Only three years after the 2010 NBA Draft, the careers of the players selected are already diverging rapidly. Over the next few months, most will focus on the seven players from that draft class -- John Wall, Paul George, DeMarcus Cousins, Larry Sanders, Derrick Favors and Gordon Hayward -- invited to this year’s Team USA minicamp. They’re all eligible for their first big contract this summer, with Wall already agreeing to a max deal with the Washington Wizards.

However, while they start the process of moving up the NBA hierarchy, many of their peers are fighting to stay in the league. There are seven first-round picks from 2010 not currently on an NBA roster. At this point in free agency, all would be happy to play for the minimum. Before they slip through the cracks completely, it’s worth seeing to see what lessons can be gleaned from their careers. The draft is an inexact science; the misses can be as informative as the hits.

Cole Aldrich (No. 10):

It’s been a swift fall from grace for Aldrich, a former lottery pick from Kansas. After spending his first two seasons with the Oklahoma City Thunder shuttling back and forth to the D-League, Aldrich didn’t have his option picked up and was traded twice in less than six months. A defensively-minded center without a ton of skill, he never received consistent playing time in any of his three NBA stops. As a result, he’s played only 703 total minutes, a really low number for such a high pick.

Interior defense is one of the toughest things to master in the NBA, which is why shot-blocking centers are such gambles in the draft. Right now, Aldrich isn’t good enough on defense to make up for his lack of offense. Many teams would rather go small with their second unit than play a limited center. Aldrich has the size (6’11 245 with a 7’5 wingspan) to find a job as a third center, but he’s running out of time to prove that he’s anything more than a career journeyman.

Xavier Henry (No. 11):

There might need to be a warning sign for NBA scouts at Allen Fieldhouse: Kansas players are not what they appear. In the last few years, the Jayhawks have had six different Top 15 picks -- Henry, Aldrich, Julian Wright, the Morris Twins and Thomas Robinson -- underperform in the NBA. Of those six, only Henry and Wright were Top 25 recruits coming out of high school. Bill Self’s teams are usually greater than the sum of their individual parts.

An elite athlete with great size (6’6 210), Henry seemed like a safe pick. After shooting 42 percent from three on 4.6 attempts per game as a freshman, he projected as a high-level 3-and-D player, at worst. However, once he got to the NBA, he stopped shooting three-pointers. He took only 45 in three seasons with Memphis and New Orleans. Without a long-range shot, Henry hasn’t been an effective player. He’s still only 22, but a shooting guard with a career PER of 8.1 has his work cut out for him.

Luke Babbitt (No. 16):

In three seasons with the Portland Trail Blazers, Babbitt did little besides shoot 3’s. At 6’9 225, he’s a prototype tweener forward: not quick enough to guard small forwards or big enough to defend power forwards. A mismatch nightmare in college, he is a man without a position in the NBA. Babbitt averaged 22 points and nine rebounds at Nevada, but the rebounding and shot-creating haven’t translated to the next level. If he can’t add more to his game, he may be headed overseas.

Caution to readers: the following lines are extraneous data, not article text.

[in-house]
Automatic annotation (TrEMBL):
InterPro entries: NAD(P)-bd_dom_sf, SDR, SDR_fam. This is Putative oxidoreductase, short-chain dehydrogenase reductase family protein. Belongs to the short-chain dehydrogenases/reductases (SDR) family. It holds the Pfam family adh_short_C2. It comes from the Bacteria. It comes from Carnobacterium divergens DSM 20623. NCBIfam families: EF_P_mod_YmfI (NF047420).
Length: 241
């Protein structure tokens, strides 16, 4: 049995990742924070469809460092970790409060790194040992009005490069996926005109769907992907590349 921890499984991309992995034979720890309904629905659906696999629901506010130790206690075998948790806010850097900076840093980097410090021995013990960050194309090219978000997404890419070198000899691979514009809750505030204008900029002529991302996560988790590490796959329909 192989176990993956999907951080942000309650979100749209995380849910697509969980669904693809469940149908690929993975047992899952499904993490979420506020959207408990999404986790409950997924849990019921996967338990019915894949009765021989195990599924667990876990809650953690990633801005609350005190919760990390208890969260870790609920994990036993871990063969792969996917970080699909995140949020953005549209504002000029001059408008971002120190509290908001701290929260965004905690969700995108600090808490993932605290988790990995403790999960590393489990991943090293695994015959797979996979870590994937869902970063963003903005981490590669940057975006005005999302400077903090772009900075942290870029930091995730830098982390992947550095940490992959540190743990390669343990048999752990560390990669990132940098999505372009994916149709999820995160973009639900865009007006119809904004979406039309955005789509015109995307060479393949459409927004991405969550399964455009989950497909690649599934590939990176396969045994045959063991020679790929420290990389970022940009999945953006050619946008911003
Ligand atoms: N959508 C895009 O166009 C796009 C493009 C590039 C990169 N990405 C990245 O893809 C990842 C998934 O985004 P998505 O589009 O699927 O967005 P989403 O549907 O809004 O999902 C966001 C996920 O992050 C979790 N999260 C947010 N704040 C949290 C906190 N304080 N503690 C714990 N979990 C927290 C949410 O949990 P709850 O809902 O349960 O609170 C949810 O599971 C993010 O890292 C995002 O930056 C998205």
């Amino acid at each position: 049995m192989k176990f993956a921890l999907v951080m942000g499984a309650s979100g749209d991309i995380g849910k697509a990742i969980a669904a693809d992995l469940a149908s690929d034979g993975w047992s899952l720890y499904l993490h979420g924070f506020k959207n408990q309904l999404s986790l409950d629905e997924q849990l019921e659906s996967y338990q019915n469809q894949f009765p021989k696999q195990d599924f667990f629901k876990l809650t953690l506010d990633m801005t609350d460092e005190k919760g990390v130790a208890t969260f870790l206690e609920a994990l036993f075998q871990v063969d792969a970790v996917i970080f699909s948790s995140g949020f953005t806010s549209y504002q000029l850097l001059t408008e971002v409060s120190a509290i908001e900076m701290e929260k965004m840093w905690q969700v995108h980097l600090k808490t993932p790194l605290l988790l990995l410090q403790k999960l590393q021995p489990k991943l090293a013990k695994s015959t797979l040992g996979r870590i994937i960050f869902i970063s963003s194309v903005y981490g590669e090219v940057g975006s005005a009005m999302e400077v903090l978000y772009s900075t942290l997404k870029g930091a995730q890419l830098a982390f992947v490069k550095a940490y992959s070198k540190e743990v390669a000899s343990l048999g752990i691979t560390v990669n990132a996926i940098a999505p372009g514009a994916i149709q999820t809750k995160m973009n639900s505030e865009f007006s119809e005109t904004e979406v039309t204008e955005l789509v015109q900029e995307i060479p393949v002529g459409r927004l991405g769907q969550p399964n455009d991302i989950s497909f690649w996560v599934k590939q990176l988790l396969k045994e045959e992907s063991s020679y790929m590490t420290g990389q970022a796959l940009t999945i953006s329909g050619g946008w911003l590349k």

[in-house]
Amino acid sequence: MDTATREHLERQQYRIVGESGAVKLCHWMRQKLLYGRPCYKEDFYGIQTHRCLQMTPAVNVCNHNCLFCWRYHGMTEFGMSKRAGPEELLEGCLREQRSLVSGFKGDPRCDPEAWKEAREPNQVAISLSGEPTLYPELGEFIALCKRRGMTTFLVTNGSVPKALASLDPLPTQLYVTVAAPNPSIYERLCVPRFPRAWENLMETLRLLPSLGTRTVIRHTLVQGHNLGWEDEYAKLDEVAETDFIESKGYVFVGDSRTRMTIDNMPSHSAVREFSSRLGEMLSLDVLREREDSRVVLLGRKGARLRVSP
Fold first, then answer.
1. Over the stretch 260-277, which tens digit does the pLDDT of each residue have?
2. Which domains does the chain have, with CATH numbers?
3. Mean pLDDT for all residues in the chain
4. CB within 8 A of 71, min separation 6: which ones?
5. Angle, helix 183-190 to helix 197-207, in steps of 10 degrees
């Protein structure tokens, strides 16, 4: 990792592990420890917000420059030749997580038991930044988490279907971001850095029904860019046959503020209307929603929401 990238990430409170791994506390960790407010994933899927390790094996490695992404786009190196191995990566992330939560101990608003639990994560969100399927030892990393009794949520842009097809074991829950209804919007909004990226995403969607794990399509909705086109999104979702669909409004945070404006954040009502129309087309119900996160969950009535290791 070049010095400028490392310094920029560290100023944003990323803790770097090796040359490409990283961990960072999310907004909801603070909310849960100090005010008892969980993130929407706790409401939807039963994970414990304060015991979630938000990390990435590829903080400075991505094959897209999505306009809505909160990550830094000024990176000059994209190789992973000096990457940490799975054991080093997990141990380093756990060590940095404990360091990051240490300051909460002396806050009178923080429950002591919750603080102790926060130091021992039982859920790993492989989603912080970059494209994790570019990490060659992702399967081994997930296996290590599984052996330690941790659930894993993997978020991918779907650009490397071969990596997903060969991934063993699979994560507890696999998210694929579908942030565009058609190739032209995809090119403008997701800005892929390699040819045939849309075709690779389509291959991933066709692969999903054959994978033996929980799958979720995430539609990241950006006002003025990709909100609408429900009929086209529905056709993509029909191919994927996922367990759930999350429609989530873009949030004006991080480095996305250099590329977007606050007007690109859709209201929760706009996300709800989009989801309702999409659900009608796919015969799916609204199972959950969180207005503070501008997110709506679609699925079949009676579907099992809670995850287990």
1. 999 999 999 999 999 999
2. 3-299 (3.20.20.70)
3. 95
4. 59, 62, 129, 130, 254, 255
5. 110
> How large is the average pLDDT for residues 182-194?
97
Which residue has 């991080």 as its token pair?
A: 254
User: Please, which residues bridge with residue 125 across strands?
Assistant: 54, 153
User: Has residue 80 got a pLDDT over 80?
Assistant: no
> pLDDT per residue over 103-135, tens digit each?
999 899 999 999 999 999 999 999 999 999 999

Craig Brackins (No. 21):

Brackins washed out of the league before ever really getting a chance. In two seasons with Philadelphia, he dominated D-League competition but barely played in the NBA. A 6’10 230 forward who was once projected as a lottery pick, he scored a lot at Iowa State but didn’t bring much else to the table. He isn’t athletic enough to be a defensive difference-maker and he’s not a three-point shooter. After spending time in Italy and Israel last season, his NBA career may be over.

Elliott Williams (No. 22):

Williams is a true hard-luck case. An athletic 6’5 190 combo guard, he seemed like a promising prospect coming out of Memphis. Unfortunately, he hasn’t been able to stay healthy, playing only 24 games in three seasons in the NBA. He’s had knee and shoulder surgeries and he missed all of last season with an Achilles injury. It’s a good thing he went pro after his sophomore season of college. With $4 million in the bank, he can always go back to school.

Damion James (No. 24):

As a 6’7 225 combo forward, the odds were always against James. He’s a classic tweener, not big enough to score in the paint or skilled enough to play on the perimeter. A broken foot ended his first two seasons in the NBA, putting him permanently behind the 8-ball with New Jersey/Brooklyn. As a result, he’s a 26-year-old who has played in only 34 career games. A D-League All-Star last season, James is waiting on another NBA chance that may not come.

Dominique Jones (No. 25):

Jones was the leading scorer in the Big East in his junior season at South Florida, but his game has not translated to the next level. An athletic 6’4 215 combo guard with surprisingly good passing ability, Jones has been undone by his inability to shoot from the perimeter or finish at the rim. In 80 career games with Dallas, he shot 37 percent from the field and 10 percent from three. He shot only 32 percent from 3 in college, so his shooting troubles shouldn’t have been totally unexpected.

Lazar Hayward (No. 30):

Hayward is one of several David Kahn picks out of the league before the end of their rookie contract. While he was a productive combo forward at Marquette, his lack of size for the position (6’6 225) knocked him down most pre-draft rankings. He did little to justify Kahn’s faith in three seasons in the NBA, posting a career PER of 9.0 in 72 games with Minnesota and Oklahoma City. Perhaps he can form a support group with Johnny Flynn overseas.